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The absurdity of the recent changes in the auto market has struck once again. This time, Toyota Tundra owners stand to benefit. The global semiconductor shortage has pushed values in all different directions, creating waitlists for new models and rabid demand for just about anything else. The Tundra is a perfect example of this, per a study by iSeeCars. In light of this recent spike in values, you may want to wait to buy that Japanese pickup you’ve been eyeing; it could cost you an arm and a leg.

A spike in used Toyota Tundra values

A brown Toyota Tundra sits under an overpass
2019 Toyota Tundra | Toyota

The average price of a vehicle, both new and used, has been on the rise for quite some time now. The cost of the average new car, truck or SUV is now well above $35,000. Recent auto market volatility pushes used values ever higher. Owners of popular models stand to benefit the most, especially owners of newer used models. The 2018-2020 model year range seems to be where most of the appreciation in values is concentrated.

As for the Toyota Tundra itself, recently manufactured used models are selling at a 3.7% premium over new models on average. The Japanese brand’s full-size pickup usually does well in this regard thanks to its popularity and reliability, but this is still an extraordinary circumstance. This is due largely to demand for new vehicles. Rather than wait for a new model, consumers would rather pay for the next closest thing and be done with it.

Is selling something you should consider?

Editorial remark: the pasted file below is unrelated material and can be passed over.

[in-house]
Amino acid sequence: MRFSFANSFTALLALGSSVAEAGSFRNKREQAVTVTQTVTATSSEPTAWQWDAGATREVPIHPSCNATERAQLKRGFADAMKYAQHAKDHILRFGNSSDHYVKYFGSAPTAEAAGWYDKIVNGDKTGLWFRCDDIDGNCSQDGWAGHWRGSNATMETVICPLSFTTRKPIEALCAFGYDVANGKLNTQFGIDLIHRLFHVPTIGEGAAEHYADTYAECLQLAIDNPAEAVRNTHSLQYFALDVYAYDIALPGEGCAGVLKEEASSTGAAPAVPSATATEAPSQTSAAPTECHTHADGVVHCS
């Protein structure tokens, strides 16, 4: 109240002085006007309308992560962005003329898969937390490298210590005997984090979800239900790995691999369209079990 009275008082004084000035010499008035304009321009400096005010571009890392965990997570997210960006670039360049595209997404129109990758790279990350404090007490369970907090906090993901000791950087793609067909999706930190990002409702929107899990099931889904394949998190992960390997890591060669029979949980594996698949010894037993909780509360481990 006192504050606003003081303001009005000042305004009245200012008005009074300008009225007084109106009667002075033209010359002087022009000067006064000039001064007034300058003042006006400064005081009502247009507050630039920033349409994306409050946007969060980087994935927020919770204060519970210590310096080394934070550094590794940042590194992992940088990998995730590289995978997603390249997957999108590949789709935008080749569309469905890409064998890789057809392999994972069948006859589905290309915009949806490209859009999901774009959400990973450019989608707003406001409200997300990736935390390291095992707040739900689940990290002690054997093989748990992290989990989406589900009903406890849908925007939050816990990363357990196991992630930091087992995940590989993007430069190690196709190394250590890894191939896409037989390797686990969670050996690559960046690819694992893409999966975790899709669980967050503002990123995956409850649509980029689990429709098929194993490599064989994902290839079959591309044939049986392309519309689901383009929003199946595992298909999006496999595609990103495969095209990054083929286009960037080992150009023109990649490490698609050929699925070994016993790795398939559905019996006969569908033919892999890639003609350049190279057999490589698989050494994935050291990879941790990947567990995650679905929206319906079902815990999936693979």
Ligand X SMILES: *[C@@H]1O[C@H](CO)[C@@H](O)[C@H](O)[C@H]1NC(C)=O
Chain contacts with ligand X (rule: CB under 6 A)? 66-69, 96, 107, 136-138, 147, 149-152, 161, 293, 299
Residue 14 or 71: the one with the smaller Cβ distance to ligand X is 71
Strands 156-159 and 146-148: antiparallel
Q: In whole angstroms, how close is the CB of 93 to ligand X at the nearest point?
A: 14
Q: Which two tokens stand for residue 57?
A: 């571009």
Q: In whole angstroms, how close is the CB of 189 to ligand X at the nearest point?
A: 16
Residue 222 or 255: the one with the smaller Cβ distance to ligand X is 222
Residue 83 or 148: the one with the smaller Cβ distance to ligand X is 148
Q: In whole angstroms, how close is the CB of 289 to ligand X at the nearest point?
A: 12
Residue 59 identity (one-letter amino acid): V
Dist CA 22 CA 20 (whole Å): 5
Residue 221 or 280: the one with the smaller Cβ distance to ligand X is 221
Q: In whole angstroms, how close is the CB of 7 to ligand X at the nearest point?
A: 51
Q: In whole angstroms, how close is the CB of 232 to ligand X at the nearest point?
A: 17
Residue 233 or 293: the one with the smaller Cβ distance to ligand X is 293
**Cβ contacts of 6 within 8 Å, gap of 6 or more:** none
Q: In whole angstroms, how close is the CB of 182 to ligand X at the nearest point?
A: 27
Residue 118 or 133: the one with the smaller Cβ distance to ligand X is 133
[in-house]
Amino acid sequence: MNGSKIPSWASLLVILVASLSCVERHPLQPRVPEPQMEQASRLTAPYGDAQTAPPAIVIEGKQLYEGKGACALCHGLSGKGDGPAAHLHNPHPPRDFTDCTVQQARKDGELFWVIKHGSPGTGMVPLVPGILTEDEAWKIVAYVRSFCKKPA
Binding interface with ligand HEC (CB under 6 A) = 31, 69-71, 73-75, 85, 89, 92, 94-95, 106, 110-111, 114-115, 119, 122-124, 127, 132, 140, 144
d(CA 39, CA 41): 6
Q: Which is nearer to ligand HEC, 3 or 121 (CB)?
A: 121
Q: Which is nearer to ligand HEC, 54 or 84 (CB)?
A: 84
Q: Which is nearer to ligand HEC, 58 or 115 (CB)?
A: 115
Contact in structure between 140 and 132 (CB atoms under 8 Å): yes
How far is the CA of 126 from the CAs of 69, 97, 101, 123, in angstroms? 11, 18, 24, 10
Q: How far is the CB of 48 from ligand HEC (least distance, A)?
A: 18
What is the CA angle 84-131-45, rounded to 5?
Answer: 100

The interior of the 2019 Tundra
2019 Toyota Tundra interior | Toyota

This is great news for owners of Toyota Tundra models, of course. It’s not often you’ll buy a new car and see it appreciate almost immediately after the purchase. Historically, values of vehicles drop over time. So, if you’re looking to sell that 2019 Toyota Tundra, now is certainly a good time to do so. Moreover, some dealers have halted incentives on new car purchases due to a lack of new inventory.

The lack of incentives provides yet another benefit to sellers. If you own a used Tundra, dealers are practically forcing potential customers into your waiting arms by removing these incentives. As long as you’re not price gouging, you stand to make a neat little pile of cash by selling right now. Additionally, demand is high across the board as parts of the U.S recover economically from the Coronavirus pandemic and restrictions ease.

These circumstances may not last much longer

A Toyota badge on the back of a Tundra pickup
The Toyota logo | Dhiraj Singh via Getty Images

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This circumstance is all about timing. The combination of the supercapacitor shortage, the gradual lifting of pandemic restrictions, and fewer dealer incentives have all contributed to this appreciation in used Toyota Tundra values.

The market right now belongs very much to sellers, so if you want to sell move quickly, as the auto market shows signs of stabilizing soon. However, if you’re a buyer, it is of course best to wait. Values could stay high just as easily as they could plummet.